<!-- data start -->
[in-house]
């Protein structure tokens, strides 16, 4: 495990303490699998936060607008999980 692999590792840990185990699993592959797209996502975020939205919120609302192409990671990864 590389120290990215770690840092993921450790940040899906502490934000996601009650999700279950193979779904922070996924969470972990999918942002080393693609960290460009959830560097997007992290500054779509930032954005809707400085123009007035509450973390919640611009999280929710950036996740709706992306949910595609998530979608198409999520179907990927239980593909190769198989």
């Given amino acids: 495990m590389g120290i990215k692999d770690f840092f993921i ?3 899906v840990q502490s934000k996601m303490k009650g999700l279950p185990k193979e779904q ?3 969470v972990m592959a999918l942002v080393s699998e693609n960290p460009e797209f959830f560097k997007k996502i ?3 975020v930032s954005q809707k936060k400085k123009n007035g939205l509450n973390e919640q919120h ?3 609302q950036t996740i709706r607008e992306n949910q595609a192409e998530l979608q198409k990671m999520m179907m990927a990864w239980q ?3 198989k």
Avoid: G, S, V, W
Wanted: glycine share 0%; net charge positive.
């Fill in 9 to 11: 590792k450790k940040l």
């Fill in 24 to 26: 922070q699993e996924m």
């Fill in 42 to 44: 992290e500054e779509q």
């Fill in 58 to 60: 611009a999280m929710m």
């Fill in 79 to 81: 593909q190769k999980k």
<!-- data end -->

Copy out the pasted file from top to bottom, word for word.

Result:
[in-house]
């Protein structure tokens, strides 16, 4: 495990303490699998936060607008999980 692999590792840990185990699993592959797209996502975020939205919120609302192409990671990864 590389120290990215770690840092993921450790940040899906502490934000996601009650999700279950193979779904922070996924969470972990999918942002080393693609960290460009959830560097997007992290500054779509930032954005809707400085123009007035509450973390919640611009999280929710950036996740709706992306949910595609998530979608198409999520179907990927239980593909190769198989």
């Given amino acids: 495990m590389g120290i990215k692999d770690f840092f993921i ?3 899906v840990q502490s934000k996601m303490k009650g999700l279950p185990k193979e779904q ?3 969470v972990m592959a999918l942002v080393s699998e693609n960290p460009e797209f959830f560097k997007k996502i ?3 975020v930032s954005q809707k936060k400085k123009n007035g939205l509450n973390e919640q919120h ?3 609302q950036t996740i709706r607008e992306n949910q595609a192409e998530l979608q198409k990671m999520m179907m990927a990864w239980q ?3 198989k």
Avoid: G, S, V, W
Wanted: glycine share 0%; net charge positive.
């Fill in 9 to 11: 590792k450790k940040l």
């Fill in 24 to 26: 922070q699993e996924m």
């Fill in 42 to 44: 992290e500054e779509q």
């Fill in 58 to 60: 611009a999280m929710m």
């Fill in 79 to 81: 593909q190769k999980k």